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Friday, June 14, 2024 | Back issues
Courthouse News Service Courthouse News Service

Inmate Can’t Be Forced |to Take Anti-Psychotics

(CN) - Despite doctors agreeing he is mentally incompetent to stand trial, a Georgia man charged with murder cannot be forced to take anti-psychotics, the Georgia Supreme Court ruled Monday.

Defendant Jesse James Warren, has been charged in connection with the 2010 murder of three people at a Penske Truck Rental in Kennesaw, Ga., and has spent the last two years at hospitals in Millidgeville and DeKalb County.

Warren's trial was postponed in March 2013 after his lawyers filed a special plea that he was incompetent to stand trial. Two doctors later determined he was not mentally competent to stand trial.

In 2014, Cobb Superior Court Judge Mary Staley ruled that Warren should be forced to take anti-psychotic medication. Doctors eventually stopped medicating him due to side effects and his high blood pressure.

Warren, 66, worked as a mechanic at Penske Truck Rental from 2005 to 2009, during which he allegedly exhibited signs of delusions and a serious mental illness. He was sent to a psychiatrist after telling a coworker that their employer was stealing money from him and hacking computers. He was later fired.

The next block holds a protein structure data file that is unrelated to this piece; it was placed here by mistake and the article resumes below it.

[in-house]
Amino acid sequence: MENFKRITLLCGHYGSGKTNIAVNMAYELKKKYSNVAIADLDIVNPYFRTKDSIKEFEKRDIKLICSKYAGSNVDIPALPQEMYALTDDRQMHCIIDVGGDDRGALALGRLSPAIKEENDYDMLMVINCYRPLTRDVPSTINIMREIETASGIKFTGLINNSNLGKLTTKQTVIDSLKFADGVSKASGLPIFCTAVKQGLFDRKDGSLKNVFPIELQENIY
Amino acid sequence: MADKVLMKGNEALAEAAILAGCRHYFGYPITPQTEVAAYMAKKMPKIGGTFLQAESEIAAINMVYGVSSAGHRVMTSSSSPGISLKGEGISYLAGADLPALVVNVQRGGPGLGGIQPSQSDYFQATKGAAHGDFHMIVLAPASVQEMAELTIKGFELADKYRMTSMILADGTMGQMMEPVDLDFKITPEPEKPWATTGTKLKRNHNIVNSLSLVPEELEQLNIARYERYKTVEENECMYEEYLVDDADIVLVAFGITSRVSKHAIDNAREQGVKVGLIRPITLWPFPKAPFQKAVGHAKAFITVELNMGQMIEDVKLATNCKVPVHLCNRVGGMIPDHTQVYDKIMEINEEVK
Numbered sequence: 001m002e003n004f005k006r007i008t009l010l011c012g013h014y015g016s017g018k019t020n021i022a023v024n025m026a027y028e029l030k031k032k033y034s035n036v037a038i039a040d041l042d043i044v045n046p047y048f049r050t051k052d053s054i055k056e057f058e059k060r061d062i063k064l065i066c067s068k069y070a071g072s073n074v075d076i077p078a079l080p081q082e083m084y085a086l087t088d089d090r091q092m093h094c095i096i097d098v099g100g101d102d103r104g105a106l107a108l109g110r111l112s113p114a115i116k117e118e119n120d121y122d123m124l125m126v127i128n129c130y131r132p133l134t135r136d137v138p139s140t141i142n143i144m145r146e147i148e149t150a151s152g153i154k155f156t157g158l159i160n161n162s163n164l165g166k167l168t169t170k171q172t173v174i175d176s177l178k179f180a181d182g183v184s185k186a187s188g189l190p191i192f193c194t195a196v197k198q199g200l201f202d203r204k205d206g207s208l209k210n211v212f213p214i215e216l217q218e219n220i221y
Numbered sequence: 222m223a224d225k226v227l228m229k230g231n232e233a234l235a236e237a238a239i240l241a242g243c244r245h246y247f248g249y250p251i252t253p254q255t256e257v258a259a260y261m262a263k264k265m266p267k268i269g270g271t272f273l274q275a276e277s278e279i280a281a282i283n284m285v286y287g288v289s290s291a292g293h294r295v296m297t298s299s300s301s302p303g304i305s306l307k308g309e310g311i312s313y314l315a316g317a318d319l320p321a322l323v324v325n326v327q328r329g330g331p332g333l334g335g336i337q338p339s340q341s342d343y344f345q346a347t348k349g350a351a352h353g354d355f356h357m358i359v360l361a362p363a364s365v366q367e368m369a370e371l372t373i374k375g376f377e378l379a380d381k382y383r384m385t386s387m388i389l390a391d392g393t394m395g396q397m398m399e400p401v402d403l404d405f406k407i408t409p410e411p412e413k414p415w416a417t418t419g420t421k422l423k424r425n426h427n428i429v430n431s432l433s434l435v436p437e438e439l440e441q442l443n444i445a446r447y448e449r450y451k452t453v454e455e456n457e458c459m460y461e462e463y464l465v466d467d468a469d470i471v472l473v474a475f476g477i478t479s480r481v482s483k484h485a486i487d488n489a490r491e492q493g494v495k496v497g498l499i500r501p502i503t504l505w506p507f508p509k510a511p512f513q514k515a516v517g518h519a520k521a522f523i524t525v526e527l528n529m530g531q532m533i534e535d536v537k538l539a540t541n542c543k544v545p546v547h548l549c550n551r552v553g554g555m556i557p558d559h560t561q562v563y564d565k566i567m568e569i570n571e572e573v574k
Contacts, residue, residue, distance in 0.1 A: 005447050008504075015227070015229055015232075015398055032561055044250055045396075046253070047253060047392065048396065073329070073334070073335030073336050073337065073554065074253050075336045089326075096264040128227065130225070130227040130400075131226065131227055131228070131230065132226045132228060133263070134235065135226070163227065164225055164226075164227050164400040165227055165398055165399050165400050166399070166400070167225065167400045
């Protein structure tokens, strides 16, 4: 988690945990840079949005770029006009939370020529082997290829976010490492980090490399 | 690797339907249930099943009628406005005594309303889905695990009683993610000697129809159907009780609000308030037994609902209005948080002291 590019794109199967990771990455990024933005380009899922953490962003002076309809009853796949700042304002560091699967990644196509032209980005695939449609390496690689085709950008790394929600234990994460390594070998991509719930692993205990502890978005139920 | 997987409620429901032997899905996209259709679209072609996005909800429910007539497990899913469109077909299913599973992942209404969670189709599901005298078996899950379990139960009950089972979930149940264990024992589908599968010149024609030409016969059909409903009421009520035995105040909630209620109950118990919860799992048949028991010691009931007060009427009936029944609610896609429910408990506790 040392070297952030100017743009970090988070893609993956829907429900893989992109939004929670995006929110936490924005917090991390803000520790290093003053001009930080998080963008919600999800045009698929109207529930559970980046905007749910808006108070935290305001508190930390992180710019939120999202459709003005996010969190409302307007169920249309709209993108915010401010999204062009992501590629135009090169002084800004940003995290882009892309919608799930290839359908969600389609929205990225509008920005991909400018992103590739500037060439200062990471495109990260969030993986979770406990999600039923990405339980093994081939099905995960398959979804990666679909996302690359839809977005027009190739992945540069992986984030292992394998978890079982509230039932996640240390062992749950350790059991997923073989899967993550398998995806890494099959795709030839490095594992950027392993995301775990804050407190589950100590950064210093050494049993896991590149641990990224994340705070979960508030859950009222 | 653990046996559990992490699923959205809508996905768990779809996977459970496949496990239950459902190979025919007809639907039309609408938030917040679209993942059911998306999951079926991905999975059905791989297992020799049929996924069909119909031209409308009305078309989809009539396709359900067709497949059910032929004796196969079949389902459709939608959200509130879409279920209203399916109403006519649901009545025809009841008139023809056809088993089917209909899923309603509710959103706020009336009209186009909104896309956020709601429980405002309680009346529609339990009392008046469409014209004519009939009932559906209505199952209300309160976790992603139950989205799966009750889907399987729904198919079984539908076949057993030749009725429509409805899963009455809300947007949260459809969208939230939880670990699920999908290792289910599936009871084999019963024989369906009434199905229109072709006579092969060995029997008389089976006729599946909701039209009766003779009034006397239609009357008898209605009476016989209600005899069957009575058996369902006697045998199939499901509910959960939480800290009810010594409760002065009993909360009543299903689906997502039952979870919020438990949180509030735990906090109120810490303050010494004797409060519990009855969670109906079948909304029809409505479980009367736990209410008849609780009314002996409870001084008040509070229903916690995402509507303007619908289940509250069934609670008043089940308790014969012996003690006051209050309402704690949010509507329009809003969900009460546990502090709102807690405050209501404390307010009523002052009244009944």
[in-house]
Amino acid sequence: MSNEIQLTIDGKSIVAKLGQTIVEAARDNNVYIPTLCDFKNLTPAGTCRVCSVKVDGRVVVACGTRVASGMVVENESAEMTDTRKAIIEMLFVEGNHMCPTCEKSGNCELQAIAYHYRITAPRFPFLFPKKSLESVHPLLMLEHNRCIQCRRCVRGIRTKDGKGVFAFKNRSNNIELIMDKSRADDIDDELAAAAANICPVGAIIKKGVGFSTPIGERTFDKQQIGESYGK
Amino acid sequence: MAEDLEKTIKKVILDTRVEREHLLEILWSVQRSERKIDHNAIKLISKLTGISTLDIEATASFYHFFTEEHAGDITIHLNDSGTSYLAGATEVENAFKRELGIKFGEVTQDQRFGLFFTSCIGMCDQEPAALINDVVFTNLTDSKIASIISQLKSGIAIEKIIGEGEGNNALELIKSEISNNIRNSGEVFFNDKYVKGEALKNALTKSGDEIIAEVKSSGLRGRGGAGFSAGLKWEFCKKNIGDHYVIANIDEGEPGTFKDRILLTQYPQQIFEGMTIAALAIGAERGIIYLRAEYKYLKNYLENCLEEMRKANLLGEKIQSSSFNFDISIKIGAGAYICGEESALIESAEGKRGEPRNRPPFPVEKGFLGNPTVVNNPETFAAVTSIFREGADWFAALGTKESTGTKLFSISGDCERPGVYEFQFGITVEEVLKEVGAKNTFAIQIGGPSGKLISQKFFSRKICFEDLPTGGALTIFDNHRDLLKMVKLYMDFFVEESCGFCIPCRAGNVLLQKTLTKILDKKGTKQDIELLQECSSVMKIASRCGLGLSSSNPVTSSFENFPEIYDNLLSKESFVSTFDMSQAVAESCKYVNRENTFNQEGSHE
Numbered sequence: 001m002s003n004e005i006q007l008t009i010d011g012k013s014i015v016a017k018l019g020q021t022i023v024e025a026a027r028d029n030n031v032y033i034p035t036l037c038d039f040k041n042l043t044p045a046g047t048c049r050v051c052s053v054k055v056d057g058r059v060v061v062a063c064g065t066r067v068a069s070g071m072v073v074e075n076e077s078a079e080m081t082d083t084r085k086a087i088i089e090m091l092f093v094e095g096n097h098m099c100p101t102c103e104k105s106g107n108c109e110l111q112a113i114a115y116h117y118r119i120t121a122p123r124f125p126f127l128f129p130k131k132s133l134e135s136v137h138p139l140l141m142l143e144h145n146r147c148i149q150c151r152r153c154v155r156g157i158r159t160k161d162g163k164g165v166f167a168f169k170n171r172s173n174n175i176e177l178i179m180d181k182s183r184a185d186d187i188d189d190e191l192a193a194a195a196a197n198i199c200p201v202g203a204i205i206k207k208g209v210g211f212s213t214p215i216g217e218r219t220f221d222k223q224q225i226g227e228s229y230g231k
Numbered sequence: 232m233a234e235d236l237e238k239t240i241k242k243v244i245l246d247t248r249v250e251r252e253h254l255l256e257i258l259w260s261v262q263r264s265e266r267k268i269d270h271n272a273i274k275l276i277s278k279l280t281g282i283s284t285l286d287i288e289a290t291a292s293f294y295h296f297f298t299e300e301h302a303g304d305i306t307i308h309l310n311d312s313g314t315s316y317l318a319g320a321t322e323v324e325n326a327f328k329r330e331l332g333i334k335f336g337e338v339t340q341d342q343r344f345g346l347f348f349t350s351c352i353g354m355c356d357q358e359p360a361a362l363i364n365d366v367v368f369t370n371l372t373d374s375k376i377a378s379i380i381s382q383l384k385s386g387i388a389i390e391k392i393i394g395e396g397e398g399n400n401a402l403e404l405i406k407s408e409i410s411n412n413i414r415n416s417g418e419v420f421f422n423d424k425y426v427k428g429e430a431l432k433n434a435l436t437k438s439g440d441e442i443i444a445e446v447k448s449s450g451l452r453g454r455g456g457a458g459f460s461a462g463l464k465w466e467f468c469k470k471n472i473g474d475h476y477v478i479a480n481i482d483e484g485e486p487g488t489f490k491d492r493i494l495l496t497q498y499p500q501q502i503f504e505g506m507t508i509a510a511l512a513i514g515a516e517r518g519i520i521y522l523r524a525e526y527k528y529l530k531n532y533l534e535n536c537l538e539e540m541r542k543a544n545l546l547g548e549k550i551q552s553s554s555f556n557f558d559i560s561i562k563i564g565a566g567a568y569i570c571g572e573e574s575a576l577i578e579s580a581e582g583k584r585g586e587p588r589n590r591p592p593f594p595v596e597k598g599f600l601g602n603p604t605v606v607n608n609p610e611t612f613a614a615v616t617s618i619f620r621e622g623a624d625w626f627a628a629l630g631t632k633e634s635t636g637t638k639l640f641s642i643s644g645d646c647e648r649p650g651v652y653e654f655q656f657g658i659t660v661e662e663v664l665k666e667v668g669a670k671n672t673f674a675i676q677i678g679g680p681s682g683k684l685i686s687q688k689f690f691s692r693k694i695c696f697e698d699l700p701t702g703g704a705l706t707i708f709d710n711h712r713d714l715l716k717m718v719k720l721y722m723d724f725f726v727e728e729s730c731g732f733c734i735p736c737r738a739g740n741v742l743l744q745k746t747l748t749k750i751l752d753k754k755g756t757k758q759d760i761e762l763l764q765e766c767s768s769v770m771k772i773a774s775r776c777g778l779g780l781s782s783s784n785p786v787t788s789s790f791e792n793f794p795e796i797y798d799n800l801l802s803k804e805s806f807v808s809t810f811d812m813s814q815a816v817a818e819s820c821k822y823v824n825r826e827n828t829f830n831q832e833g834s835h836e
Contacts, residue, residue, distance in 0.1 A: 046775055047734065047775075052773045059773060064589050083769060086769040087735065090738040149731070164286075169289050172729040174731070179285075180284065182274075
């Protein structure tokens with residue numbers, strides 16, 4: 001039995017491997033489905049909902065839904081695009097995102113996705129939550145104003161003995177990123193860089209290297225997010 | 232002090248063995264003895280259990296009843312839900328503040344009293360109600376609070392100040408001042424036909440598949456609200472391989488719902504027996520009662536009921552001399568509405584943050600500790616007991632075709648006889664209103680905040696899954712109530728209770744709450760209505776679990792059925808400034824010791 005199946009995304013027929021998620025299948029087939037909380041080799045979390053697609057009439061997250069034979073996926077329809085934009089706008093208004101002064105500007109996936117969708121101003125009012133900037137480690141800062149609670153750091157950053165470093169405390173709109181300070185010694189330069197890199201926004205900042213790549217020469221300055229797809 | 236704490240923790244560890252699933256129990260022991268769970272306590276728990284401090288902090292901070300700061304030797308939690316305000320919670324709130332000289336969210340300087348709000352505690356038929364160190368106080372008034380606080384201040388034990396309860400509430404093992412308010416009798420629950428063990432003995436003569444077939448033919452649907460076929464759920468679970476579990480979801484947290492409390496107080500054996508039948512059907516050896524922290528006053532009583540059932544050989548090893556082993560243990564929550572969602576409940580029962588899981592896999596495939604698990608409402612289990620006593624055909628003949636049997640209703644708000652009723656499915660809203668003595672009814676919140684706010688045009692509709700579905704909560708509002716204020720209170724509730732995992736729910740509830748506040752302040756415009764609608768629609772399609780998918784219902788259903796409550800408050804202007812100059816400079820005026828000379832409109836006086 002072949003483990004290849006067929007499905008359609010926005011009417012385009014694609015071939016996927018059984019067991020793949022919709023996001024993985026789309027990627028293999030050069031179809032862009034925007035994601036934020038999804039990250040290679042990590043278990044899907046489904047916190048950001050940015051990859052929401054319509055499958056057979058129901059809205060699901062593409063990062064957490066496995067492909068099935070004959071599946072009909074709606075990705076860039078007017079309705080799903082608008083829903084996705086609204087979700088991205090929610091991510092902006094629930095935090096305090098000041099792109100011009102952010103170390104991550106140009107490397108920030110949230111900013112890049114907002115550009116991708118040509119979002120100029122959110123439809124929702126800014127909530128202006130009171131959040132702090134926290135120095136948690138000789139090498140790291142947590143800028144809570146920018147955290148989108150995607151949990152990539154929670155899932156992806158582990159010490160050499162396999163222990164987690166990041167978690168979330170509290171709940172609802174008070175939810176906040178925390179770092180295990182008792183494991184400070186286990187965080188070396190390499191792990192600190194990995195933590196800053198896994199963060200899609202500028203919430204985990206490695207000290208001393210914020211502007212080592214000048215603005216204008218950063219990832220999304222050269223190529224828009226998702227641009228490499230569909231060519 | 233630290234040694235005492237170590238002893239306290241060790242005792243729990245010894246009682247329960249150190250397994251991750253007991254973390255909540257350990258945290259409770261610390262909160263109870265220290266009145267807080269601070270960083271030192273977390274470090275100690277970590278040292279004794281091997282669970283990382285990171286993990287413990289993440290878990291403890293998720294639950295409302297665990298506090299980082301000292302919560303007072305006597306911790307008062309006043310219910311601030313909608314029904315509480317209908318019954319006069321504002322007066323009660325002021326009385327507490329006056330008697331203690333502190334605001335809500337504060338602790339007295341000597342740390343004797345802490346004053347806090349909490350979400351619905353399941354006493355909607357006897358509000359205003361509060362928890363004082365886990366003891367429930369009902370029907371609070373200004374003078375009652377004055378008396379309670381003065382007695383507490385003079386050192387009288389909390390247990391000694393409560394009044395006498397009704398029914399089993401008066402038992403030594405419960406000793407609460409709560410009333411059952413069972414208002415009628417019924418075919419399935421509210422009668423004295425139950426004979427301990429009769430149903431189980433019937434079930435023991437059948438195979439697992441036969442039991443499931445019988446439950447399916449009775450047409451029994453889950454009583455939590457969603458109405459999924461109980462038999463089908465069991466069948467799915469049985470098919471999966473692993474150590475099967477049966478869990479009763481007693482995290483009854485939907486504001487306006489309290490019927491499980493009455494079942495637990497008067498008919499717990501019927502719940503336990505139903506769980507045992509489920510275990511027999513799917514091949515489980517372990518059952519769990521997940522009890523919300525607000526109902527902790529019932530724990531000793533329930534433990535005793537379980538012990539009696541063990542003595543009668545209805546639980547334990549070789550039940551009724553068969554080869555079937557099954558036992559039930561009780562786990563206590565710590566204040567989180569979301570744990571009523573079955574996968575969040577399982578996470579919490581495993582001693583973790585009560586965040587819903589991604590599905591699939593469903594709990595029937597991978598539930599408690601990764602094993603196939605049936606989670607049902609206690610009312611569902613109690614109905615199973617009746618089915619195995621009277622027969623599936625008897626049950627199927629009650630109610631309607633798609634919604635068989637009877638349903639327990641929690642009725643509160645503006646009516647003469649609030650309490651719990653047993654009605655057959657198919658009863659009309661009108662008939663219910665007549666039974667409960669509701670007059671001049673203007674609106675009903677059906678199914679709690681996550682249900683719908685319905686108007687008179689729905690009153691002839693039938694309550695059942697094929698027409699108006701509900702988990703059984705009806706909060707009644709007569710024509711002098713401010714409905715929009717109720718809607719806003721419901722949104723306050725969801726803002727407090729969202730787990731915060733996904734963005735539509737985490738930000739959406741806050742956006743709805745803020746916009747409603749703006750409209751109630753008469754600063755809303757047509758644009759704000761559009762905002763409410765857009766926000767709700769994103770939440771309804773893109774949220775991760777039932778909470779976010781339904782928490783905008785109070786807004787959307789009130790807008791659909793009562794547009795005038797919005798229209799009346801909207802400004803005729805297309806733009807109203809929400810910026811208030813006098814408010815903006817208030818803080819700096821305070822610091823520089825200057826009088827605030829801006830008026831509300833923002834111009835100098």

On Jan. 12, 2010, Warren allegedly returned to Penske armed with two guns and opened fire. Four employees and a customer were shot.

Killed at the scene were employees Van Springer, 59, Robert Gonzalez, 31, and customer Jaider Felipe Marulanda, 43.

Another Penske employee, Zacharia Werner, was left paralyzed and died three years later. The only victim who survived was Joshua Holbrook.

Court records indicate Warren told police and doctors he was an emperor and that millions of dollars had been stolen from him.

In its 53-page decision, the Georgia Supreme Court stated that Staley's order was not specific enough to warrant involuntary medication and raised questions whether Warren's condition has changed since Staley's 2014 order.

According to the opinion, "If the State elects to pursue its motion for involuntary medication on remand, the trial court should allow the parties to present additional evidence to ensure that the court's findings are based on current circumstances."

Prosecutors are seeking the death penalty, but Warren cannot be tried when he is mentally incompetent.

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